Facts & figures
- Top 1% One of the world's top research universities
- $400 million Federal research funding
- $71 million Secured commercial contracts
Facts & figures
For a week this October, we’ll be bringing together some of our brightest minds with industry and community partners to collaborate on how research and innovation can help us overcome some of the greatest health challenges facing our planet.
Six University of Sydney scholars are among the world’s most influential scientists in their fields as determined by the Thomson Reuters Highly Cited Researcher list for 2016.
The University of Sydney has cemented its place among the world’s top universities with a ranking of 82 in the 2016 Academic Ranking of World Universities (ARWU).
The University of Sydney and Lendlease have been awarded a $3 million grant by the Australian Government to undertake a collaborative research project to develop prefabricated multi-storey housing solutions.
The University’s breadth of research in the sciences includes outstanding work in veterinary and animal sciences, to address the world’s biggest and most complex challenges.
Their research projects - ranging from a mid-air refuelling system, a ‘greener’ approach to food packaging, an injectable biomaterial for tissue regeneration, an agricultural robotic device that can weed, and a hardhat that measures health - secured the quintet a position in Engineers Australia’s inaugural top 50 innovators list which recognises outstanding engineers for their contributions to the community, the industry, and the profession.
University of Sydney researchers will partner with other leading national experts in clinical, laboratory and public health research on a new $5m initiative to boost Australia’s capacity to respond to infectious disease outbreaks.
It’s referred to as the opposite of anorexia – muscle dysmorphia – but men with body-building and other body image issues are up to four times more likely than females to be undiagnosed and it is a growing public health problem.
Dr Michael Bowen has won a Eureka Prize for Outstanding Early Career Researcher – the third time in a row Sydney has won this category in the Oscars of Australian science – in recognition of his research that focuses on oxytocin and serious brain disorders.
The Science in Australia Gender Equity project aims to address the longstanding under-representation of women in science, technology, engineering, mathematics and medicine (STEMM).
A pioneering study, the Paediatric Epilepsy Lambert Initiative Cannabinoid Analysis (PELICAN), launches today not only to identify issues facing families living with epilepsy but also to analyse cannabis products being used in the community – with the potential to uncover new and more effective medications.
Responding to consumer demand for increased computer hard drive memory, the research also has the potential to reduce the environmental footprint of the more than 2.5 billion hard drives currently estimated to be in use worldwide.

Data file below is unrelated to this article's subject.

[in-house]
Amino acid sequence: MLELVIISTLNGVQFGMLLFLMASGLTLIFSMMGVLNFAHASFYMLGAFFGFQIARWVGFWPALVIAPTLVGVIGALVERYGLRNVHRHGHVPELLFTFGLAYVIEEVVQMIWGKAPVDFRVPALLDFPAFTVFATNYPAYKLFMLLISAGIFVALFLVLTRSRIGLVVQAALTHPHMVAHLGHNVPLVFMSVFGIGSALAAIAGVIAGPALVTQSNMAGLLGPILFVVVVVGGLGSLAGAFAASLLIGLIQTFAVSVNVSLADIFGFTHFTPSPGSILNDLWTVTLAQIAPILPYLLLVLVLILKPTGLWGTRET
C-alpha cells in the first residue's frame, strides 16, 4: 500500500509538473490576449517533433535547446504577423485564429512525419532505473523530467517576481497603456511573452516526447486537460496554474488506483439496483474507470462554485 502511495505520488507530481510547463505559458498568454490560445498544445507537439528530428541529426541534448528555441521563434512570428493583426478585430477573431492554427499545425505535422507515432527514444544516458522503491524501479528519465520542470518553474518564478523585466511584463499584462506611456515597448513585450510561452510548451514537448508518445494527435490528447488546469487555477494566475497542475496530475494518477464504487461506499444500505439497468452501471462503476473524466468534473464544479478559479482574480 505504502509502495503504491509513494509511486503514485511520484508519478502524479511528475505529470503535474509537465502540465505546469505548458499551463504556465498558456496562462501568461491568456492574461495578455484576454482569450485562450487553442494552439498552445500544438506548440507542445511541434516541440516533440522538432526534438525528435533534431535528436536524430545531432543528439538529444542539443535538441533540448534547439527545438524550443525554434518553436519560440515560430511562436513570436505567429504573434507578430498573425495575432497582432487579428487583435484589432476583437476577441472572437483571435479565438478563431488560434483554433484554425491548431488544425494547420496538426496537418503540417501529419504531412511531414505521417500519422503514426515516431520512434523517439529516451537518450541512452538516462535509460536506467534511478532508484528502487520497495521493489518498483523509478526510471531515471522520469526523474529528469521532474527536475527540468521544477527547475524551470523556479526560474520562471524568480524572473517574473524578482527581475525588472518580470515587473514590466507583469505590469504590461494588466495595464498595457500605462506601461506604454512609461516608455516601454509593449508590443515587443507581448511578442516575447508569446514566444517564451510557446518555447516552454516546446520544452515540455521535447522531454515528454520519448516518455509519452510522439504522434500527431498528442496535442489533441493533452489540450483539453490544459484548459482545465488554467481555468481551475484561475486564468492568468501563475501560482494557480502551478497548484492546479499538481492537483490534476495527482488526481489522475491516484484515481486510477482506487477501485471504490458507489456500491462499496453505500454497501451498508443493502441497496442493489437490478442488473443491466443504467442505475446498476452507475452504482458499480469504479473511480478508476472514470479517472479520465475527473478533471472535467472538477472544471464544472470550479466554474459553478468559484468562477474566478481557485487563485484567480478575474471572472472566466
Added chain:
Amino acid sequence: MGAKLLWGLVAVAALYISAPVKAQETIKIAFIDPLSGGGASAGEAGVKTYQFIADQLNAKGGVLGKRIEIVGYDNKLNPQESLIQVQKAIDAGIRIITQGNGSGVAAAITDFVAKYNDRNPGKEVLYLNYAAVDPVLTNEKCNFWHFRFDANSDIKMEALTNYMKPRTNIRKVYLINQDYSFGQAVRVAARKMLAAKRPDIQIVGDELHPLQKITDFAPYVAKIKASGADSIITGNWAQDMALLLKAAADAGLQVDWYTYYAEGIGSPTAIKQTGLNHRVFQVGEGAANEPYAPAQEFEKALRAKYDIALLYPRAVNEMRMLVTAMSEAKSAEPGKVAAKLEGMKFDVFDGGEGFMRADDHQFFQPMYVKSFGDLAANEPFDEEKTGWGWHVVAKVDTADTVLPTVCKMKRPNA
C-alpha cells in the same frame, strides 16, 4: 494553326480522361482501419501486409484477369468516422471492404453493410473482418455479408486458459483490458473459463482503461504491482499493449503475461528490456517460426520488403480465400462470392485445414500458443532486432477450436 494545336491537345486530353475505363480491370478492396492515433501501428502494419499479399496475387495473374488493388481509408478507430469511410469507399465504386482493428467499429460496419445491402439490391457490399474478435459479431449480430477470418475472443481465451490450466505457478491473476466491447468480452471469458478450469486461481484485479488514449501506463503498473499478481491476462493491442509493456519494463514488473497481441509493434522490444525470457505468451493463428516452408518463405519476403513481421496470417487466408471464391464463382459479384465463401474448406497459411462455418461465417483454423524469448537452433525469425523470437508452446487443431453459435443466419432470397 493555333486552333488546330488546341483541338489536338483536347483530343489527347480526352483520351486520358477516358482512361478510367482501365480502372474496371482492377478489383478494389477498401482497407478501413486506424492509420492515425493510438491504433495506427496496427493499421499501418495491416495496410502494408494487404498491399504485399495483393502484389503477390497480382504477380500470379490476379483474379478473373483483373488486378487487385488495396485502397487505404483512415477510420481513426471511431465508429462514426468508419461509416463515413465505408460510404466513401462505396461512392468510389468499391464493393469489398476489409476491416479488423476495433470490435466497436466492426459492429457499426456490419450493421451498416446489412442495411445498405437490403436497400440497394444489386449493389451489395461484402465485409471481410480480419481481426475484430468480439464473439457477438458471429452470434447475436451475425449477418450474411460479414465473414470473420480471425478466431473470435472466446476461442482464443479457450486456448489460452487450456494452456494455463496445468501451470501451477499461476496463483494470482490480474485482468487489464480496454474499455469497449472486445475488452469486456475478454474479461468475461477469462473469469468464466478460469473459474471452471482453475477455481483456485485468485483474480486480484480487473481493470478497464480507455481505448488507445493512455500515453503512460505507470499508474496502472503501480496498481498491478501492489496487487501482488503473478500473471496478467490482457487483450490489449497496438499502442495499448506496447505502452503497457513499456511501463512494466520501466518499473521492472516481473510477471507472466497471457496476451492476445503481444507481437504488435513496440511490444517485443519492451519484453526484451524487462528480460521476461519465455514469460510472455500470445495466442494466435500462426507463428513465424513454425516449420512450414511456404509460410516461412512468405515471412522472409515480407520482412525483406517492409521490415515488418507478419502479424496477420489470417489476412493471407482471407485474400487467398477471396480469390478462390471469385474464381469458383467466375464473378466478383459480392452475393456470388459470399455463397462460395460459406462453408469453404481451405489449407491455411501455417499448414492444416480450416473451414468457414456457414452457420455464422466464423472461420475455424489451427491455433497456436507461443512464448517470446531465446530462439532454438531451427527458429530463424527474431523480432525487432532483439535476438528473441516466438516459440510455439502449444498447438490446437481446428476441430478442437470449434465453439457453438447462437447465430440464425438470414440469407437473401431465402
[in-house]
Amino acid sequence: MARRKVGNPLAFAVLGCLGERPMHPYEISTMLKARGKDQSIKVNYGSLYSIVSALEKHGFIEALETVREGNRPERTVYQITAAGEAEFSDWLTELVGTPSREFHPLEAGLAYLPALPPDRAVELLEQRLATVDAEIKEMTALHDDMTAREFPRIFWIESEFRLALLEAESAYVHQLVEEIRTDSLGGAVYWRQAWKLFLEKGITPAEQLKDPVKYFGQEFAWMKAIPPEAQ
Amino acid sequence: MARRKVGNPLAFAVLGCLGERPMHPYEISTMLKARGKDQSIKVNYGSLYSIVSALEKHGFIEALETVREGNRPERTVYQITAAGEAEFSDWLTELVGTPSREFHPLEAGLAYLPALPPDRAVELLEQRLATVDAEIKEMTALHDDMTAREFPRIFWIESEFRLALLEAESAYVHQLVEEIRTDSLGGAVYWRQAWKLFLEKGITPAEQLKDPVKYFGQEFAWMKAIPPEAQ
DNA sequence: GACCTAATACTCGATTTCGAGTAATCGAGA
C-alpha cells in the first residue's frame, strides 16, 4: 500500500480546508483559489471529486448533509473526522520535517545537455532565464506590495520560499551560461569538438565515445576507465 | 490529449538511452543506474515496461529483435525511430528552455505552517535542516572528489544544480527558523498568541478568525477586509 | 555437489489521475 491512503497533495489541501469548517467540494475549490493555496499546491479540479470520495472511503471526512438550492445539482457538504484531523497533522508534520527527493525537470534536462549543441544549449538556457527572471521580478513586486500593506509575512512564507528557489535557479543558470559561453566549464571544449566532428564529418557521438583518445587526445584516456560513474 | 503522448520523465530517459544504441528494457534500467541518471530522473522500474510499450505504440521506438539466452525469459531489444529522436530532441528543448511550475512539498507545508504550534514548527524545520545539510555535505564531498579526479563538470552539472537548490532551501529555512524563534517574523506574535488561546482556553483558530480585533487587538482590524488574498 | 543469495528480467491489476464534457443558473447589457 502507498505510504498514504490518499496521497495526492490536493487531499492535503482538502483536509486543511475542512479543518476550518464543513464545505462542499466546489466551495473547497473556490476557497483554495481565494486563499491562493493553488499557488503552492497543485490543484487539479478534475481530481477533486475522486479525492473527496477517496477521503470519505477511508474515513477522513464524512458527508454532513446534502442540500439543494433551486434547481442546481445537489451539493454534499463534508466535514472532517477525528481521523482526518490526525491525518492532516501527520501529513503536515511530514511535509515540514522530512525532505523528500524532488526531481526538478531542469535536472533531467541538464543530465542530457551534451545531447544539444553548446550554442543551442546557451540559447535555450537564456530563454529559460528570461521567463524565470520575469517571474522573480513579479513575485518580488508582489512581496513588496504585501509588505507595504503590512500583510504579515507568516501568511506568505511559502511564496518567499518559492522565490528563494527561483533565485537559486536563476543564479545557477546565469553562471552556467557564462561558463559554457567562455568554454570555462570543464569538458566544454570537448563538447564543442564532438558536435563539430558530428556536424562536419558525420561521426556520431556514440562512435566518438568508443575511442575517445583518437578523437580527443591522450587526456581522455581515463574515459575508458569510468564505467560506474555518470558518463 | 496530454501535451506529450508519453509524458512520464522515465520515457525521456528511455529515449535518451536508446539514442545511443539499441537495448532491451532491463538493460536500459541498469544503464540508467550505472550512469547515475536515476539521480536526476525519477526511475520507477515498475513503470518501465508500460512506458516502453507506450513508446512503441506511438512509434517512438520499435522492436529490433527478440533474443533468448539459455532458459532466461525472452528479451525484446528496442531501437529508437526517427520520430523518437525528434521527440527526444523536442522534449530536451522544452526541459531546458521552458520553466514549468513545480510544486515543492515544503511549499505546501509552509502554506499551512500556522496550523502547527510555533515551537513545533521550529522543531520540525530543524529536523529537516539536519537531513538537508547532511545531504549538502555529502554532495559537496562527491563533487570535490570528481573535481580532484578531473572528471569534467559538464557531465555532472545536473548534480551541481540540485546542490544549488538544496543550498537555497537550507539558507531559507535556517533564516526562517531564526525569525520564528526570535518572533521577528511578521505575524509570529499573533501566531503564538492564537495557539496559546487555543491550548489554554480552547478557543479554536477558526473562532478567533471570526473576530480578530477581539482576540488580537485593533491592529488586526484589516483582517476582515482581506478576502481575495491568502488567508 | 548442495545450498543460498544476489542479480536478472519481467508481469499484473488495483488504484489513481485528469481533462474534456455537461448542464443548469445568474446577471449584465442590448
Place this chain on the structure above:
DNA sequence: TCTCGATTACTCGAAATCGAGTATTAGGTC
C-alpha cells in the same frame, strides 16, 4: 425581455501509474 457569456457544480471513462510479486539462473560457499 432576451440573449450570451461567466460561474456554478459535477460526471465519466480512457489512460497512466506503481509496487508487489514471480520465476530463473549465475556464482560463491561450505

A simple fracture in our wrists, ankle or hip can take months to mend but now chemical engineering researchers are working with scientists at the Kids Research Institute at Westmead children’s hospital investigating ways of using our own body sugars to speed up the healing process.
People with advanced-stage Hodgkin’s lymphoma can be spared the serious side effects of chemotherapy thanks to high-tech scans that predict early response to treatment, new findings by University of Sydney scholars in collaboration with national and international partners reveal.
Nearly one in five Aboriginal children aged less than 16 years old in Western Australia had unregistered births according to new research that means thousands of Aboriginal children are likely to have no official identity.
Five University staff recently addresed the Joint Standing Committee on Foreign Affairs, Defence and Trade's 'Inquiry into the role of development partnerships in agriculture and agribusiness in promoting prosperity, reducing poverty and enhancing stability in the Indo-Pacific region'.
A project to encourage the spread of beekeeping in Cambodia, Vietnam and Laos is helping local communities to expand their farming industries and protecting vital bee populations from extinction.
The University of Sydney has cemented its position among the top 50 universities globally for research and educational excellence in the 2016-2017 QS World University Rankings.
The University of Sydney has been ranked number one in Australia and 28 globally in the new Thomson Reuters’ innovation ranking – ‘Top 75: Asia’s Most Innovative Universities’.
The first facility built for nanoscience in Australia was launched at the University of Sydney in April. The Australian Institute for Nanoscale Science and Technology is the most advanced facility for nanoscience in the region.
Unveiled this week, the new flight planning system is the result of a world-first, four-year project conducted at the University’s Australian Centre for Field Robotics (ACFR). The team comprising four aeronautical research fellows, 3 PhD candidates and 10 software engineers worked on designing new system models.
It’s our responsibility to conduct the very highest quality research possible, driven by a desire to understand and discover new knowledge about the most fundamental and challenging problems that exist in our disciplines.